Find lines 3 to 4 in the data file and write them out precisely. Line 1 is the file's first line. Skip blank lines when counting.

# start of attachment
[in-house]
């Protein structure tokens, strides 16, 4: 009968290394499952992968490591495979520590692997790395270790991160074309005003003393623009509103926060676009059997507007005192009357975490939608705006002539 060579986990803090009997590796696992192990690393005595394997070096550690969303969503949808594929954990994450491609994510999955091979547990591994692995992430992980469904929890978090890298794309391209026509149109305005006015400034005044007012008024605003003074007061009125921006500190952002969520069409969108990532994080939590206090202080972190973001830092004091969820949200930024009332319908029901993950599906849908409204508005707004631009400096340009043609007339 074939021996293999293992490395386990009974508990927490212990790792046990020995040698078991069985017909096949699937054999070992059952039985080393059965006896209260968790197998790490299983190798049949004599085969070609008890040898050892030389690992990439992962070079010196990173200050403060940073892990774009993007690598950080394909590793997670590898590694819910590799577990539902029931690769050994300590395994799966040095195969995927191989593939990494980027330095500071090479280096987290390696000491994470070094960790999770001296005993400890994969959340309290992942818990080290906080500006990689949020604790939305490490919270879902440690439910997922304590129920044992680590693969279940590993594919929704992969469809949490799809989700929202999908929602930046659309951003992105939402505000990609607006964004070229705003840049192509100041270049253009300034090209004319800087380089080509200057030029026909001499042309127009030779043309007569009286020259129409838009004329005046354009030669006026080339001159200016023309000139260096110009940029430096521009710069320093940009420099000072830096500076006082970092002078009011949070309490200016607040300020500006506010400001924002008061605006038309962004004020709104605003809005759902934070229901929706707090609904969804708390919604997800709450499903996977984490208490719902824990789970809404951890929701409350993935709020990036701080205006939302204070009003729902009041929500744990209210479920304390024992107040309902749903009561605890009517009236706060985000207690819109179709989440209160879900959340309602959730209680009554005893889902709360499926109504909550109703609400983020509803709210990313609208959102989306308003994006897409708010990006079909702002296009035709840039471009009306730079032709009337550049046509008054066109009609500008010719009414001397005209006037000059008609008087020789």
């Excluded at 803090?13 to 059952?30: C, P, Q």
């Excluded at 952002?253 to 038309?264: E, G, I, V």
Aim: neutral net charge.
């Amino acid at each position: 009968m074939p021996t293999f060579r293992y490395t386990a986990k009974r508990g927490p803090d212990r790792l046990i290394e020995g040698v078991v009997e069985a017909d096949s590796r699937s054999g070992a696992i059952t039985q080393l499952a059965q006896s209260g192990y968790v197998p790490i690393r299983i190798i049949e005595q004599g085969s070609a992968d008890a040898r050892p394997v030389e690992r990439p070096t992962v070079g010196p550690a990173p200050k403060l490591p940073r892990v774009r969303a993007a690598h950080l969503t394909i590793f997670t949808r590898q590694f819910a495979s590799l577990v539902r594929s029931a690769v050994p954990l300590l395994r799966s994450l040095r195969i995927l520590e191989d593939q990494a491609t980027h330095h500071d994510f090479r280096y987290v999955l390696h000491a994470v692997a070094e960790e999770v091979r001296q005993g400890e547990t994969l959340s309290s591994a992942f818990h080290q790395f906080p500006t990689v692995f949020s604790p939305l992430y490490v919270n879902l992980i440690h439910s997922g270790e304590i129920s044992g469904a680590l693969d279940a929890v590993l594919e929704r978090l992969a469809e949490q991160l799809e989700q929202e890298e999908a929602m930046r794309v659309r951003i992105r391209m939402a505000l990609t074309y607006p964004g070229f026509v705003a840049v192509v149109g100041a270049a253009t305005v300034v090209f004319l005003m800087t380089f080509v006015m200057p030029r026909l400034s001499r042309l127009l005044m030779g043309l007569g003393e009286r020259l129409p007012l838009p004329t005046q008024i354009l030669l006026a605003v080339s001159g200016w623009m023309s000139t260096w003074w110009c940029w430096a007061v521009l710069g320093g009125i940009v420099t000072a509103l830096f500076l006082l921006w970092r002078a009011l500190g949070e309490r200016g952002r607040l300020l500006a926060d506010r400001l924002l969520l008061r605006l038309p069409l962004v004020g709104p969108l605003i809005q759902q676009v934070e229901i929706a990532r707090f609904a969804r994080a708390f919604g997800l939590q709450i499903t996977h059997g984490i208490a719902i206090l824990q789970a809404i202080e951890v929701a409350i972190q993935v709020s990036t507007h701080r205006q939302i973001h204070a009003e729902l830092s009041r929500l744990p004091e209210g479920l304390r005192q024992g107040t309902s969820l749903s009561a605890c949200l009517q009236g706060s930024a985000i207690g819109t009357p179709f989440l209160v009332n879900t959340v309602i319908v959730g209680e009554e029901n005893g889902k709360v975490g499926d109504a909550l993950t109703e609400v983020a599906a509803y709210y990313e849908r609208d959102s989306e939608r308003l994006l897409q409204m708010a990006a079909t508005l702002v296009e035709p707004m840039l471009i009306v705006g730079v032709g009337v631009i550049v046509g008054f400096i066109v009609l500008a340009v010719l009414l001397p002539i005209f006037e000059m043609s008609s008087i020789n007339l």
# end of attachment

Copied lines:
């Excluded at 803090?13 to 059952?30: C, P, Q």
């Excluded at 952002?253 to 038309?264: E, G, I, V």